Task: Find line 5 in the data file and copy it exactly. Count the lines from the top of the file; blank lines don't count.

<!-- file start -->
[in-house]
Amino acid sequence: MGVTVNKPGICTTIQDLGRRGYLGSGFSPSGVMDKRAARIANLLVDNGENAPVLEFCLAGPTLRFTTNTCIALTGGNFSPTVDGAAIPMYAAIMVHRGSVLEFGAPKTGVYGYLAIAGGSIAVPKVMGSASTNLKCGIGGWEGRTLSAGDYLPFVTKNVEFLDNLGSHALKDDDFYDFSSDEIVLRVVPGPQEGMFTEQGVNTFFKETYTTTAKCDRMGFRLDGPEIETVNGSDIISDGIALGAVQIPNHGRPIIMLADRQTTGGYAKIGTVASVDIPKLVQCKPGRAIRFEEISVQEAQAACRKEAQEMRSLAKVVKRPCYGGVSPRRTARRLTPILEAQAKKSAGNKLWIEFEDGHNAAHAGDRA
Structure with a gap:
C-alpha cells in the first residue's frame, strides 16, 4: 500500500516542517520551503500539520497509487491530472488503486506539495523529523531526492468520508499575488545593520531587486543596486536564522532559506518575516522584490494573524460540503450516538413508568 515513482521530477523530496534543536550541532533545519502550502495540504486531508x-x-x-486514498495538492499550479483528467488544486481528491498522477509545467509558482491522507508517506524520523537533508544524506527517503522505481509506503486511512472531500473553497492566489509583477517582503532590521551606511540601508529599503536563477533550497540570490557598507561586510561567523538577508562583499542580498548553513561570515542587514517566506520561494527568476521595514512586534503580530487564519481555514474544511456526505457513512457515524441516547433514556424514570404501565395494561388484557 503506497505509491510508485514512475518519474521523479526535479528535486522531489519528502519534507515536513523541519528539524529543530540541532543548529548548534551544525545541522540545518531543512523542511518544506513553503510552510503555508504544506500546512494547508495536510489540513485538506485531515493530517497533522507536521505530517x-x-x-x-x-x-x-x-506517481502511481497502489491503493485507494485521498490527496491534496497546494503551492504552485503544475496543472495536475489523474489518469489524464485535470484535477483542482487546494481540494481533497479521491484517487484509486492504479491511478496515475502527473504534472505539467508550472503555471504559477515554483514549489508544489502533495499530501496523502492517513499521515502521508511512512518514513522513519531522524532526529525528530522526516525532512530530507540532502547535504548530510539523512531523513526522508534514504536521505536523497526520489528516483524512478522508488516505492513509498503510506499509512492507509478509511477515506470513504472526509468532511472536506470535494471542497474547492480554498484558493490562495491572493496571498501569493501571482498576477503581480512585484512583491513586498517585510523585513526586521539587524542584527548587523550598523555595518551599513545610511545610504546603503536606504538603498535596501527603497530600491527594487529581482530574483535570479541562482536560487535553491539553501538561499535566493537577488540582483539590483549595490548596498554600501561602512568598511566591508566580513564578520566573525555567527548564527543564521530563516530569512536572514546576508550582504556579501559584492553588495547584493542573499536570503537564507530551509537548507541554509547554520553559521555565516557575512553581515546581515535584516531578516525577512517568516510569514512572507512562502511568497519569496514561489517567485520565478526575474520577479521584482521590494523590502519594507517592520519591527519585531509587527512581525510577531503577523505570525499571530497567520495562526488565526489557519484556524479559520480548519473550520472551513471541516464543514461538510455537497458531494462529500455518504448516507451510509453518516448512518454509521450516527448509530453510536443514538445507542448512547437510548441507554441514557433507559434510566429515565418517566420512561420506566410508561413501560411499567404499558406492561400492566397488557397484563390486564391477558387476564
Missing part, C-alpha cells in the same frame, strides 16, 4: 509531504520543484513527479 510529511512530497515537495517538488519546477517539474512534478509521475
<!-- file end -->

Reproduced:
Missing part, C-alpha cells in the same frame, strides 16, 4: 509531504520543484513527479 510529511512530497515537495517538488519546477517539474512534478509521475